Just the other day I got into a really great conversation with my oldest child on our way to school. He asked me what my mom did when I was a little girl and I told him she stayed home and took care of us. His answer was shocking and went like this, “what? she didn’t work?!” “Yes, she did,” I quickly replied. “Working from home isn’t a real job!” he lashed back. “Of course it is, don’t be silly,” and I went on to tell him that she woke up early like I do now accept she didn’t leave home to put in her long hours, she worked inside the home.
It baffled me that my son considered staying at home to care for children to NOT be a real job. So if he knew that I was home but didn’t know I was writing from home for close to eight months, would he have thought that I wasn’t really working? Would he have thought any less of me and where on Earth did he get this from?! Was I modeling to him that I had a REAL job because I left the home to teach at school each day? At one point in our conversation, he even went on to share that he thought I didn’t work as hard as his father because I work in a classroom and his father does more physical labor. He thought teaching wasn’t a hard job and because I went to school each day it was exactly that, “going to school” like he does. My husband was receiving all of the credit for all of the hard work in our family.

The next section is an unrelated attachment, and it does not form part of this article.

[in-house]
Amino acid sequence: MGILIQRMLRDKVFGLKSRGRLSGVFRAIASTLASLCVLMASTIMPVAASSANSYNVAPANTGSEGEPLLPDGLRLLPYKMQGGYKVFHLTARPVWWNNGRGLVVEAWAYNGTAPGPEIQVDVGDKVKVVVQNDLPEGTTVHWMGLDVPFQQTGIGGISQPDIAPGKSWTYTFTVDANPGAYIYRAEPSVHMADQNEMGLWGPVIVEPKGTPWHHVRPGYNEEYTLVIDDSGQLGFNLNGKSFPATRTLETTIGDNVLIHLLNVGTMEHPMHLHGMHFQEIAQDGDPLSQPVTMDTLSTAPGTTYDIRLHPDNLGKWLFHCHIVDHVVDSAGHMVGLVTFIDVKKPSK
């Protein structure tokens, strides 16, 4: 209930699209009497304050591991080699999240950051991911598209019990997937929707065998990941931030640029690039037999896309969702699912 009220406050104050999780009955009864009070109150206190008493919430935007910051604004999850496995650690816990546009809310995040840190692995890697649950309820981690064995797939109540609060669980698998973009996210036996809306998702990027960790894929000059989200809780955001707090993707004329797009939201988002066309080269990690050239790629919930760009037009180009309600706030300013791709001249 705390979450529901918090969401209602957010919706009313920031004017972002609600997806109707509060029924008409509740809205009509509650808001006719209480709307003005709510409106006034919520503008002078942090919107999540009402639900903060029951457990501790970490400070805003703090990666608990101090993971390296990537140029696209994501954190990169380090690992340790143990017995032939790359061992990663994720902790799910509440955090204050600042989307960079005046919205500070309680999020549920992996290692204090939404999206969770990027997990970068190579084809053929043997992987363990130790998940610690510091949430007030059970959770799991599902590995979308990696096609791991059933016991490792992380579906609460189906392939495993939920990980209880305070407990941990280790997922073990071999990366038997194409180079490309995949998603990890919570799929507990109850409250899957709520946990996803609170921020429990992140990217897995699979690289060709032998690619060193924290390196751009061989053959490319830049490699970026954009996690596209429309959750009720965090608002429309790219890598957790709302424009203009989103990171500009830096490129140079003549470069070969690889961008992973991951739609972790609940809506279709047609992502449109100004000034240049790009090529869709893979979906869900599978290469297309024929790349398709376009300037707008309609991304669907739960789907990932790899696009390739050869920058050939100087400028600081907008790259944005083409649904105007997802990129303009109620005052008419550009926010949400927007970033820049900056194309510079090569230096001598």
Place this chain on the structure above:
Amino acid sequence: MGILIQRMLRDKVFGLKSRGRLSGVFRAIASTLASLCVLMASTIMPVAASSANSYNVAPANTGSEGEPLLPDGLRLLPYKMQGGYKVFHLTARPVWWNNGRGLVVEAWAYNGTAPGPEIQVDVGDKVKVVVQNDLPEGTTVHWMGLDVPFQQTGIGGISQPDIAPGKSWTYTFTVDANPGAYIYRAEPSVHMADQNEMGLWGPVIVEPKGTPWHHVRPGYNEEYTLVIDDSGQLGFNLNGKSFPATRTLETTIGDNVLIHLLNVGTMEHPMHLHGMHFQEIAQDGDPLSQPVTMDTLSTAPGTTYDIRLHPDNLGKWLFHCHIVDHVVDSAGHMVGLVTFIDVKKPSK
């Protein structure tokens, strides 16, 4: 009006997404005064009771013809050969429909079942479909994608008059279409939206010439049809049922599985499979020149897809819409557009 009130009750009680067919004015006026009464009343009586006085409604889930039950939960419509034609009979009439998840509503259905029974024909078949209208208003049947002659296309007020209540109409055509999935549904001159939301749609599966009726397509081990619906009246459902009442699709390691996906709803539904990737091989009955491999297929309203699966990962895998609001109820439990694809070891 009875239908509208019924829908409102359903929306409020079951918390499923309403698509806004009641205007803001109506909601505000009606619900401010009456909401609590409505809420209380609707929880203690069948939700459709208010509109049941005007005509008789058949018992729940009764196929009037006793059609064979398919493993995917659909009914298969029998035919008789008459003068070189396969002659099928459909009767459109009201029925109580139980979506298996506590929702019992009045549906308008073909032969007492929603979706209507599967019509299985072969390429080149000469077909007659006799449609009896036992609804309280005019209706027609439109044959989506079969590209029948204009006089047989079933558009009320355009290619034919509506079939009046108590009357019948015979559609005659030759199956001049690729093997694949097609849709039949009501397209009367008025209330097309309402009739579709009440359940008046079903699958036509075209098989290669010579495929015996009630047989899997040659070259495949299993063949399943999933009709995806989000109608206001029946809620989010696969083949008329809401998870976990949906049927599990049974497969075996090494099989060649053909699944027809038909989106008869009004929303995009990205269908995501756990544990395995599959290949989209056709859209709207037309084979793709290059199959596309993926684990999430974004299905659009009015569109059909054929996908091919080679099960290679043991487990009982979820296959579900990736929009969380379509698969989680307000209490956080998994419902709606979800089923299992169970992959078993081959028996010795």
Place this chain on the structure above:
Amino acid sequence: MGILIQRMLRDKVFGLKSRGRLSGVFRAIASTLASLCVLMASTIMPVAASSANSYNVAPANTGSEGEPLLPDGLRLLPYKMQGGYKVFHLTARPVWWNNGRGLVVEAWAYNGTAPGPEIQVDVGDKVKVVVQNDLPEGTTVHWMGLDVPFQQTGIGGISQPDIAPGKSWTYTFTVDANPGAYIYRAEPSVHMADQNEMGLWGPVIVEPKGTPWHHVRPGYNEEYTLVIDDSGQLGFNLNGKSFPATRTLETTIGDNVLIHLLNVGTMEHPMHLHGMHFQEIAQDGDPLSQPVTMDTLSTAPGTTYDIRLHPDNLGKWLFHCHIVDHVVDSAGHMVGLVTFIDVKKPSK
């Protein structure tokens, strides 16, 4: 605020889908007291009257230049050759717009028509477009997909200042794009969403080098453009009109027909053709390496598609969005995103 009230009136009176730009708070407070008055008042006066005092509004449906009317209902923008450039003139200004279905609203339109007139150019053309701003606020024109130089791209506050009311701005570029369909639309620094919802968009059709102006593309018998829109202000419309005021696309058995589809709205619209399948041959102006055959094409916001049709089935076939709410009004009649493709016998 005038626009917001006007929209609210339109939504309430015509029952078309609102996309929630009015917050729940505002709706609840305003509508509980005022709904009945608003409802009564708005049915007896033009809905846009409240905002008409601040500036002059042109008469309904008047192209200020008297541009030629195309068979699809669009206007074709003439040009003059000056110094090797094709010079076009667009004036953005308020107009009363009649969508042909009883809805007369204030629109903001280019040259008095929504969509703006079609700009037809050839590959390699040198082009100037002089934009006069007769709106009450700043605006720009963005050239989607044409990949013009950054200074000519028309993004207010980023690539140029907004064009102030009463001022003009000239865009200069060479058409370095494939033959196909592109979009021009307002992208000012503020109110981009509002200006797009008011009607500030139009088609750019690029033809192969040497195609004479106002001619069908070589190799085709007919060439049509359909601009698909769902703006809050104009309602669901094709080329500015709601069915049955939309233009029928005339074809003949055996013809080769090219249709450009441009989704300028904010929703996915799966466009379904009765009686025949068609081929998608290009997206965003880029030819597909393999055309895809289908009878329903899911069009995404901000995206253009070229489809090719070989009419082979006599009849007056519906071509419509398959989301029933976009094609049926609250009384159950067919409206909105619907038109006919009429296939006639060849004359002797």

The conversation got even more real when I explained to him exactly what I do at home and what I do in the classroom and what happens at night after he goes to bed as well. He then shared that he didn’t know how I did it all and, because I don’t complain, he thought what I did didn’t seem all that hard. Telling him about my dad and how he operated made sense to him. I told him about my father and how he reminded me to work hard because great things come to hard workers, but there shouldn’t be any complaining involved, so I don’t, even when it’s so hard it seems impossible.
These little talks between mother and son are great because I get to know my boys better and understand their frame of mind too. I am so happy I was able to have this chat with him so I could get rid of any biases or preconceived notions I didn’t even know he had. I mean, you never know, I might work from home again someday and I would never want him to think that I am sitting at home watching novelas, but know that indeed it’s actual work that I am doing. At least now he knows whether you work from home, or if you work out of the home, it’s still work! Furthermore, I’ve driven home the message that whatever makes you happy can earn you an income if you work hard enough and that lesson is priceless.
Care to share: How would you have dealt with this topic with your child?